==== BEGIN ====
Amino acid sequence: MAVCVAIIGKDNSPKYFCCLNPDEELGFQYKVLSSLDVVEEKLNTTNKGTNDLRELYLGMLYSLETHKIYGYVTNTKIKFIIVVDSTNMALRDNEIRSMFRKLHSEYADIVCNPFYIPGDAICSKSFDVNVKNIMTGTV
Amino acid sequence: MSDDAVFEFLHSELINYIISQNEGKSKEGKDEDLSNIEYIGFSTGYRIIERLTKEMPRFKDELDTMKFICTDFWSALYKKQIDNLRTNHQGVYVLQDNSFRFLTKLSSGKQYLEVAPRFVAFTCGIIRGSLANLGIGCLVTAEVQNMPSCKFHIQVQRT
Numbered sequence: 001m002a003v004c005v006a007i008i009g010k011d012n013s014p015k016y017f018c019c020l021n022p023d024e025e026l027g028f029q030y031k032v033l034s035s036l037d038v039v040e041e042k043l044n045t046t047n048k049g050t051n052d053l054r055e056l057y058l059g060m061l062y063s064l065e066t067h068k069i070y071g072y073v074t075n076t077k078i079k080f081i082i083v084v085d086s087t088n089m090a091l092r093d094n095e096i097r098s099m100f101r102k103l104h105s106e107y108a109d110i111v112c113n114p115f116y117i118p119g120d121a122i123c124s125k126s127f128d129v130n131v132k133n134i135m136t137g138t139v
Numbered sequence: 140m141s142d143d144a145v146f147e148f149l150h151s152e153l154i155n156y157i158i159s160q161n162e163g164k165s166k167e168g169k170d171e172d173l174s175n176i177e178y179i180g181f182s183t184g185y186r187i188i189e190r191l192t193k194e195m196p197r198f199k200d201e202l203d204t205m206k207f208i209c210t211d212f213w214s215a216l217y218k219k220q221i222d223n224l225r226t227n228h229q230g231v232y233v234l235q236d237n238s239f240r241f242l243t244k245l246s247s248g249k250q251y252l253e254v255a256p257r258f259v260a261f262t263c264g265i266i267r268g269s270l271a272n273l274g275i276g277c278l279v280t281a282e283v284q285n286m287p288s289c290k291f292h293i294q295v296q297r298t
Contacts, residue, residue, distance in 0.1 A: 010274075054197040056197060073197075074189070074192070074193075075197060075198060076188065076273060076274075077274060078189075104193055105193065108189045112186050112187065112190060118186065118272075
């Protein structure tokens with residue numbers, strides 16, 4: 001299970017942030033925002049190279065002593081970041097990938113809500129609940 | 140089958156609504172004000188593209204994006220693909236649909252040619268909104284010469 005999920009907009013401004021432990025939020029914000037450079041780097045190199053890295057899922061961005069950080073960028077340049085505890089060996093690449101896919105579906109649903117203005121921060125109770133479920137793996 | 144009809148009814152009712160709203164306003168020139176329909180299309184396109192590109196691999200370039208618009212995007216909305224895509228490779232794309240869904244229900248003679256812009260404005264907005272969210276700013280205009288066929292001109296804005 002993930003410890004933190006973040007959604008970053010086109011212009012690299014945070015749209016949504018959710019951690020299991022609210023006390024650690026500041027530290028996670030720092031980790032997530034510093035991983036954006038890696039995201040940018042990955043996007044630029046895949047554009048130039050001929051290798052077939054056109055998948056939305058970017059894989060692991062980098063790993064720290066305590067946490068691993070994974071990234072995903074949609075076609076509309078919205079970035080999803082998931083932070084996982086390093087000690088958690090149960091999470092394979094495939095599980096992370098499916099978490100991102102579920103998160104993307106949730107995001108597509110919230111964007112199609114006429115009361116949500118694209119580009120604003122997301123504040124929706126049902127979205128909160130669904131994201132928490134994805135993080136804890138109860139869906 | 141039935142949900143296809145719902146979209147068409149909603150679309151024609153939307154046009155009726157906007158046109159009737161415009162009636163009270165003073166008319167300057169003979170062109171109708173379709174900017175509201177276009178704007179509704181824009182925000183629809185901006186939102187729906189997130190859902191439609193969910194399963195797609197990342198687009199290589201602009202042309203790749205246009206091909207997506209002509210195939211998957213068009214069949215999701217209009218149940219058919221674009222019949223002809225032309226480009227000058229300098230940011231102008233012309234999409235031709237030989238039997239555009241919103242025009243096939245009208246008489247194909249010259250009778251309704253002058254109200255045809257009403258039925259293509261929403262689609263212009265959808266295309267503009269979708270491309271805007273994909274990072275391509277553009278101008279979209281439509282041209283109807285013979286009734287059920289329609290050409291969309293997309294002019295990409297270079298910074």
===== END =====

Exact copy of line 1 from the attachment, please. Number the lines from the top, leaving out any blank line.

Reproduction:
Amino acid sequence: MAVCVAIIGKDNSPKYFCCLNPDEELGFQYKVLSSLDVVEEKLNTTNKGTNDLRELYLGMLYSLETHKIYGYVTNTKIKFIIVVDSTNMALRDNEIRSMFRKLHSEYADIVCNPFYIPGDAICSKSFDVNVKNIMTGTV